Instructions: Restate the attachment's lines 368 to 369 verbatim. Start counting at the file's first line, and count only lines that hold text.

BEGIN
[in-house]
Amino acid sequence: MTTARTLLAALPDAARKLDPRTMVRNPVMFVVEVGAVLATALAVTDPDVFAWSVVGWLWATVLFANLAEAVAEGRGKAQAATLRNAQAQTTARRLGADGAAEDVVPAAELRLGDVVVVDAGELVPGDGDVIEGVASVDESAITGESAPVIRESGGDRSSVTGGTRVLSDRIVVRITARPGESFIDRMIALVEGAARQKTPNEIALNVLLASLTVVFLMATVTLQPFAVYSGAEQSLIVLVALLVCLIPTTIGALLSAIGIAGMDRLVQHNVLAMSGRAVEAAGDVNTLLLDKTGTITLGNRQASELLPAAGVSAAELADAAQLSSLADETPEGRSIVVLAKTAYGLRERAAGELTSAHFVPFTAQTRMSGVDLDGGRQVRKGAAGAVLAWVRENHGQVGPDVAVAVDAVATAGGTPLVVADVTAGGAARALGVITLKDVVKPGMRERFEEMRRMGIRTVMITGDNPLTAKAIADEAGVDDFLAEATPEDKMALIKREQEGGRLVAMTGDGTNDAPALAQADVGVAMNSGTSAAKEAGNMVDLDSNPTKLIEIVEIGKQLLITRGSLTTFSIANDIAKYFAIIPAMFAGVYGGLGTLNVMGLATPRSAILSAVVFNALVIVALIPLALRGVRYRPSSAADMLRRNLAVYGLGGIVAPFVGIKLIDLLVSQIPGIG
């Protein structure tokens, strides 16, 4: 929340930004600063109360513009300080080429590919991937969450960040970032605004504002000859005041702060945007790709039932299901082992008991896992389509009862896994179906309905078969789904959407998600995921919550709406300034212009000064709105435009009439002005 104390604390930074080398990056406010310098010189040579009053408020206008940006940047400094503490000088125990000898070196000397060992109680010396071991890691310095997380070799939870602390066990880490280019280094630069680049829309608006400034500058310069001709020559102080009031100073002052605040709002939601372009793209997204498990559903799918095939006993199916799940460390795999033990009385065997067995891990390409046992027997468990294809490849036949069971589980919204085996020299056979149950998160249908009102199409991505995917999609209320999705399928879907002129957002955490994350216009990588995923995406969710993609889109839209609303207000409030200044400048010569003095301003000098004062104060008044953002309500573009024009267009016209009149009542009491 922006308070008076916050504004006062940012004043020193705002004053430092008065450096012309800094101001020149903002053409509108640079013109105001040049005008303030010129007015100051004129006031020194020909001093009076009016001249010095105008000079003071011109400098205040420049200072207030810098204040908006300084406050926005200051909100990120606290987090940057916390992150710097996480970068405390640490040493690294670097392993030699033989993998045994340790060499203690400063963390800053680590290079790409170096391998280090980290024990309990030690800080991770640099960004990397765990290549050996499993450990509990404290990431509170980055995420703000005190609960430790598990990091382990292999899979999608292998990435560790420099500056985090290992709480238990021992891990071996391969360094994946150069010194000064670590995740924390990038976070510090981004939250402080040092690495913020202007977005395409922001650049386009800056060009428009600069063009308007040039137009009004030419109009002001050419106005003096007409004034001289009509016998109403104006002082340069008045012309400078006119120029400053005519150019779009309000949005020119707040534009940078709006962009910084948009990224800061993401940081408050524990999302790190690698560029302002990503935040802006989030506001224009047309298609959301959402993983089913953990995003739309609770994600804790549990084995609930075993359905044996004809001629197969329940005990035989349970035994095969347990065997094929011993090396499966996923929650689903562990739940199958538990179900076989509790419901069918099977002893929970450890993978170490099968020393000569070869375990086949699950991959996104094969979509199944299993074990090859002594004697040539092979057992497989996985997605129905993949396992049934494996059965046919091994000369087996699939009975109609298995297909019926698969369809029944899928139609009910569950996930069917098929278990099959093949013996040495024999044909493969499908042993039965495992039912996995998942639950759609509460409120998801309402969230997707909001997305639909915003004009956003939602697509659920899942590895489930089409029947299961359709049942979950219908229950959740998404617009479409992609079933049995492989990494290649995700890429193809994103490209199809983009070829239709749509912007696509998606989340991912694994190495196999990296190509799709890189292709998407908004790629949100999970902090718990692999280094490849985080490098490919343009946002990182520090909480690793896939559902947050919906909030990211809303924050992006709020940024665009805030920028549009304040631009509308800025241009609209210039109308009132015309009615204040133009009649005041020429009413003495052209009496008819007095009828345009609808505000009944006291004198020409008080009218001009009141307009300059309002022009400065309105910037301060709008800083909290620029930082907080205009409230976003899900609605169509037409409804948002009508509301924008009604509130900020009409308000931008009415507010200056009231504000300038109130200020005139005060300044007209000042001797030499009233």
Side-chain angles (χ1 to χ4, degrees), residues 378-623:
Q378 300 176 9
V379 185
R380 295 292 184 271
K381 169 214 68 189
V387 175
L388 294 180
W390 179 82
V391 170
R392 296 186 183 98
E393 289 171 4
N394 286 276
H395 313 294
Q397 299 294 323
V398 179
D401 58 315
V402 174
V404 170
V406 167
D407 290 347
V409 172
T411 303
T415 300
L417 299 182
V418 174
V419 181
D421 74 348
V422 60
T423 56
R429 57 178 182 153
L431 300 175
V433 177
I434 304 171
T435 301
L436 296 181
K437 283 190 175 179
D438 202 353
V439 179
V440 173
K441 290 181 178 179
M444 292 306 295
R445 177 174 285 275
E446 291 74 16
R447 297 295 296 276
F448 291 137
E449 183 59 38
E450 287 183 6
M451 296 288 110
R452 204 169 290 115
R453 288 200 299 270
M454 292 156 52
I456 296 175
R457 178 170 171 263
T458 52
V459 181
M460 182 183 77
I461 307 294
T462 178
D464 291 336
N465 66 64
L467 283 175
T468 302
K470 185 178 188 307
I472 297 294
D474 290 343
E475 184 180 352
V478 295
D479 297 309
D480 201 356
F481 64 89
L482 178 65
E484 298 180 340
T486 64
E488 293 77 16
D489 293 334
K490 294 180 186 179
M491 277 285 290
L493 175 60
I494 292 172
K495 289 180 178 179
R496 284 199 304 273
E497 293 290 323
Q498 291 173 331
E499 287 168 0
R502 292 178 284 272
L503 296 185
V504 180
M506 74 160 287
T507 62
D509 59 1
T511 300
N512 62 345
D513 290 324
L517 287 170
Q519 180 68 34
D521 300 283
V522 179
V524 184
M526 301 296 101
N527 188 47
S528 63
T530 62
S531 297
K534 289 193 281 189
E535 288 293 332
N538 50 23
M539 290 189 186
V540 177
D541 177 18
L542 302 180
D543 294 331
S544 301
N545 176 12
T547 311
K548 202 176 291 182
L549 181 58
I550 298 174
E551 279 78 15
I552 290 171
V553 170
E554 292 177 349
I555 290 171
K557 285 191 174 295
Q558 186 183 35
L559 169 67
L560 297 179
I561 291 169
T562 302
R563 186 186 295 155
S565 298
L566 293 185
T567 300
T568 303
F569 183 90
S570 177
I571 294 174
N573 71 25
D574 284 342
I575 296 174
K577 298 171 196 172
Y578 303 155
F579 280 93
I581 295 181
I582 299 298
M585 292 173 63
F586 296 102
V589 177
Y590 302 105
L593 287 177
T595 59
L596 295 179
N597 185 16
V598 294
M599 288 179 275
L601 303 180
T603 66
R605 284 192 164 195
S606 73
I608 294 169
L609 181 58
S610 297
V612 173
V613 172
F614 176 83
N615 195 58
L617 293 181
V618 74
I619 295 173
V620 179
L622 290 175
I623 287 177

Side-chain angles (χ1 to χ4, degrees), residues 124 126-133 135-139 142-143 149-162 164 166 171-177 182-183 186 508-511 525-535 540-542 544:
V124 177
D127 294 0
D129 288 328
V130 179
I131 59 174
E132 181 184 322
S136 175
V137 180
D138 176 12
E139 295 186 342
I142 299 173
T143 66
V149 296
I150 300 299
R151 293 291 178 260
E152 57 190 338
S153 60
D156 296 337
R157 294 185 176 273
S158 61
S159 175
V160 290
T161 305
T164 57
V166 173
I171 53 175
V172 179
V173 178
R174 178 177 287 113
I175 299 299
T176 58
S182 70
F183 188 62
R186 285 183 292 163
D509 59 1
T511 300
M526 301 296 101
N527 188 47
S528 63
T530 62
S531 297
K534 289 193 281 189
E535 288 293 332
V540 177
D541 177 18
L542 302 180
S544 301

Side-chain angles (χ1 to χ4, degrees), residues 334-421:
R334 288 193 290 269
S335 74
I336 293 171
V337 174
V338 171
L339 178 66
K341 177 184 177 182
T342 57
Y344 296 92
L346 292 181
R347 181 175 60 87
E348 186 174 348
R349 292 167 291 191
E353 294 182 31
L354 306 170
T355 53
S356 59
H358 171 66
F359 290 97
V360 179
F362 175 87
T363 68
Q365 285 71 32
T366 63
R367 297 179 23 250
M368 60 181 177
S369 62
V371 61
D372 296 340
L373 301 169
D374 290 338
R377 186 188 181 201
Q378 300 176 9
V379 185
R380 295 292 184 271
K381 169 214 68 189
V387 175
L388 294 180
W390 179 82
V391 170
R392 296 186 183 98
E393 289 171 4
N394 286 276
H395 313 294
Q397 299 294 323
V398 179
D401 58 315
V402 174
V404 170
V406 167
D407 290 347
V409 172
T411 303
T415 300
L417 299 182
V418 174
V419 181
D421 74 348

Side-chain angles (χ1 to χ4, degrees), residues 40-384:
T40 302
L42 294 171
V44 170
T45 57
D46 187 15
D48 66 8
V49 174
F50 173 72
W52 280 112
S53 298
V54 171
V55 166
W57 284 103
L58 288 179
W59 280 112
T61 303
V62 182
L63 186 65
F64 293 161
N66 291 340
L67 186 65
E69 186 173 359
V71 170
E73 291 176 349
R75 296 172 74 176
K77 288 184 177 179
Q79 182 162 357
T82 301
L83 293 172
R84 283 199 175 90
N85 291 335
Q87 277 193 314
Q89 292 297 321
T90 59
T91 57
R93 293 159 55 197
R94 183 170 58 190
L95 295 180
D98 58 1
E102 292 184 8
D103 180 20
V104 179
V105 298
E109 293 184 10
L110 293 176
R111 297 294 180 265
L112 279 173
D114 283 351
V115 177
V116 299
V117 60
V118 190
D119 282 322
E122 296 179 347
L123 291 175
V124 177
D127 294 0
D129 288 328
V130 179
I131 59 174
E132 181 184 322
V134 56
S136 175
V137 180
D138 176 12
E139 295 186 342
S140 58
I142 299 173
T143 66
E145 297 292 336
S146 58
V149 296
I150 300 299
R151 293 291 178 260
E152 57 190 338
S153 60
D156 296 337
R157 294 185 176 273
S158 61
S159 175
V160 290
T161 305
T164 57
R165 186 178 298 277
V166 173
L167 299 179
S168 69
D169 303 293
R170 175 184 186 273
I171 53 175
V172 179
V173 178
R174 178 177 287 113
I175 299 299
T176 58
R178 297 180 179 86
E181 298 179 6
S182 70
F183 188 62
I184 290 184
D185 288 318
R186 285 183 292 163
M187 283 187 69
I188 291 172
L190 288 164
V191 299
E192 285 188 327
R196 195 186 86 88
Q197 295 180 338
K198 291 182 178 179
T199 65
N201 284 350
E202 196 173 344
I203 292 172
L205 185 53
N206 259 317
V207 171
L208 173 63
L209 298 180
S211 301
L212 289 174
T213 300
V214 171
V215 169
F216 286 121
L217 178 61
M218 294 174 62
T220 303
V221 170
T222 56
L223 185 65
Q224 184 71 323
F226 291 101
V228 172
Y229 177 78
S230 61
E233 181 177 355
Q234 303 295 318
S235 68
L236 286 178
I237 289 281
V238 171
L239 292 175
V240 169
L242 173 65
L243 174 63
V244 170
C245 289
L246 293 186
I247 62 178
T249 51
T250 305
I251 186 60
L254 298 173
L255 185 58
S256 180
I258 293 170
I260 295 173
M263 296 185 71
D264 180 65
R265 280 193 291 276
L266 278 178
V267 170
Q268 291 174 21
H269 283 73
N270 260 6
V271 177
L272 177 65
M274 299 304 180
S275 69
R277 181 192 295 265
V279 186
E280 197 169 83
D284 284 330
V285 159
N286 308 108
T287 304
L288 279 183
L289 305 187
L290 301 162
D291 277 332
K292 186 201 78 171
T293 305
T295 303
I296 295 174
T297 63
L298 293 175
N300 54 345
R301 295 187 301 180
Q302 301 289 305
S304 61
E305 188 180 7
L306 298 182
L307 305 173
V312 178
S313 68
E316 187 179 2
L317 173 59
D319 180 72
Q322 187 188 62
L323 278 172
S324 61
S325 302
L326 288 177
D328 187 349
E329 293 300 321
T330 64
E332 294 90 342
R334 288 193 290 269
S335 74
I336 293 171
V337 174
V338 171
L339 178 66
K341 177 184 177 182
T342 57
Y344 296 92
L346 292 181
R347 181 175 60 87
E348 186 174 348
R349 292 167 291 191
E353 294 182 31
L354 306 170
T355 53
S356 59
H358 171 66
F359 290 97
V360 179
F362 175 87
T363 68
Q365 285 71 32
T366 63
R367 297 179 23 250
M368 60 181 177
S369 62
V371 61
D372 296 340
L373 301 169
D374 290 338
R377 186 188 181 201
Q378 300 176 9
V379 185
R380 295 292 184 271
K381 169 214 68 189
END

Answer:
L167 299 179
S168 69